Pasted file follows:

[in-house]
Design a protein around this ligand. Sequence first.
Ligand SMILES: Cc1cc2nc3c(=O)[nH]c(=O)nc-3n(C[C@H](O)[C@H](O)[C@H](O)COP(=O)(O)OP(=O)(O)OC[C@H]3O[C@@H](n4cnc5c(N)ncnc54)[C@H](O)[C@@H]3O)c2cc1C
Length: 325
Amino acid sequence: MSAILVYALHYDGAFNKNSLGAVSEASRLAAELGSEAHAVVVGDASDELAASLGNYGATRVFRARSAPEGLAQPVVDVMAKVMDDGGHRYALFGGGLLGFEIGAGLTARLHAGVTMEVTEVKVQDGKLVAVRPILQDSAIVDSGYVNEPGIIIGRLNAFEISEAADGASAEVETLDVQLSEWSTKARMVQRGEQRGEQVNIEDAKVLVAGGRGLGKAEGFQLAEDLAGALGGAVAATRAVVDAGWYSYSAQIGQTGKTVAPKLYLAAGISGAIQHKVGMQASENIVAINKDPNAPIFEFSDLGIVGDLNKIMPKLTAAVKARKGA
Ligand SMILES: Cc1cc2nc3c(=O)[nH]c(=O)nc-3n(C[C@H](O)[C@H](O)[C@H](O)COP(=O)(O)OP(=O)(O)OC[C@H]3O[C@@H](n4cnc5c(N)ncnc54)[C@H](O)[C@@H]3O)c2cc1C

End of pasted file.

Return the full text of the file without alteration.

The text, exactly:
[in-house]
Design a protein around this ligand. Sequence first.
Ligand SMILES: Cc1cc2nc3c(=O)[nH]c(=O)nc-3n(C[C@H](O)[C@H](O)[C@H](O)COP(=O)(O)OP(=O)(O)OC[C@H]3O[C@@H](n4cnc5c(N)ncnc54)[C@H](O)[C@@H]3O)c2cc1C
Length: 325
Amino acid sequence: MSAILVYALHYDGAFNKNSLGAVSEASRLAAELGSEAHAVVVGDASDELAASLGNYGATRVFRARSAPEGLAQPVVDVMAKVMDDGGHRYALFGGGLLGFEIGAGLTARLHAGVTMEVTEVKVQDGKLVAVRPILQDSAIVDSGYVNEPGIIIGRLNAFEISEAADGASAEVETLDVQLSEWSTKARMVQRGEQRGEQVNIEDAKVLVAGGRGLGKAEGFQLAEDLAGALGGAVAATRAVVDAGWYSYSAQIGQTGKTVAPKLYLAAGISGAIQHKVGMQASENIVAINKDPNAPIFEFSDLGIVGDLNKIMPKLTAAVKARKGA
Ligand SMILES: Cc1cc2nc3c(=O)[nH]c(=O)nc-3n(C[C@H](O)[C@H](O)[C@H](O)COP(=O)(O)OP(=O)(O)OC[C@H]3O[C@@H](n4cnc5c(N)ncnc54)[C@H](O)[C@@H]3O)c2cc1C